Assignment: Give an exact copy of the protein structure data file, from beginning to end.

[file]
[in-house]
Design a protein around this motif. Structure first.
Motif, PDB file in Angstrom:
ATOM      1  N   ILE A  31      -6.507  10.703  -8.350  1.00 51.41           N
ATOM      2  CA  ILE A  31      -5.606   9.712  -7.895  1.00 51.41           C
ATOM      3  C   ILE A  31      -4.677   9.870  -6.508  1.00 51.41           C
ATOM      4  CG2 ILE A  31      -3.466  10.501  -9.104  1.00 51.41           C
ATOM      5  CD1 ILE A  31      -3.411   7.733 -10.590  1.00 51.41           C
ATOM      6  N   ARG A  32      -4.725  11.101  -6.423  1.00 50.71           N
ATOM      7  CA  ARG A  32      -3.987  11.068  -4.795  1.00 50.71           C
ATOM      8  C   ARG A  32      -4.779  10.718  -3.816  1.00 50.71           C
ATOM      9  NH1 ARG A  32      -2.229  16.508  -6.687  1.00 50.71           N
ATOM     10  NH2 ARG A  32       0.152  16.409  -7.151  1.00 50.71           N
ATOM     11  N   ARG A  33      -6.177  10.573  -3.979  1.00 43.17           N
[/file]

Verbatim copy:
[in-house]
Design a protein around this motif. Structure first.
Motif, PDB file in Angstrom:
ATOM      1  N   ILE A  31      -6.507  10.703  -8.350  1.00 51.41           N
ATOM      2  CA  ILE A  31      -5.606   9.712  -7.895  1.00 51.41           C
ATOM      3  C   ILE A  31      -4.677   9.870  -6.508  1.00 51.41           C
ATOM      4  CG2 ILE A  31      -3.466  10.501  -9.104  1.00 51.41           C
ATOM      5  CD1 ILE A  31      -3.411   7.733 -10.590  1.00 51.41           C
ATOM      6  N   ARG A  32      -4.725  11.101  -6.423  1.00 50.71           N
ATOM      7  CA  ARG A  32      -3.987  11.068  -4.795  1.00 50.71           C
ATOM      8  C   ARG A  32      -4.779  10.718  -3.816  1.00 50.71           C
ATOM      9  NH1 ARG A  32      -2.229  16.508  -6.687  1.00 50.71           N
ATOM     10  NH2 ARG A  32       0.152  16.409  -7.151  1.00 50.71           N
ATOM     11  N   ARG A  33      -6.177  10.573  -3.979  1.00 43.17           N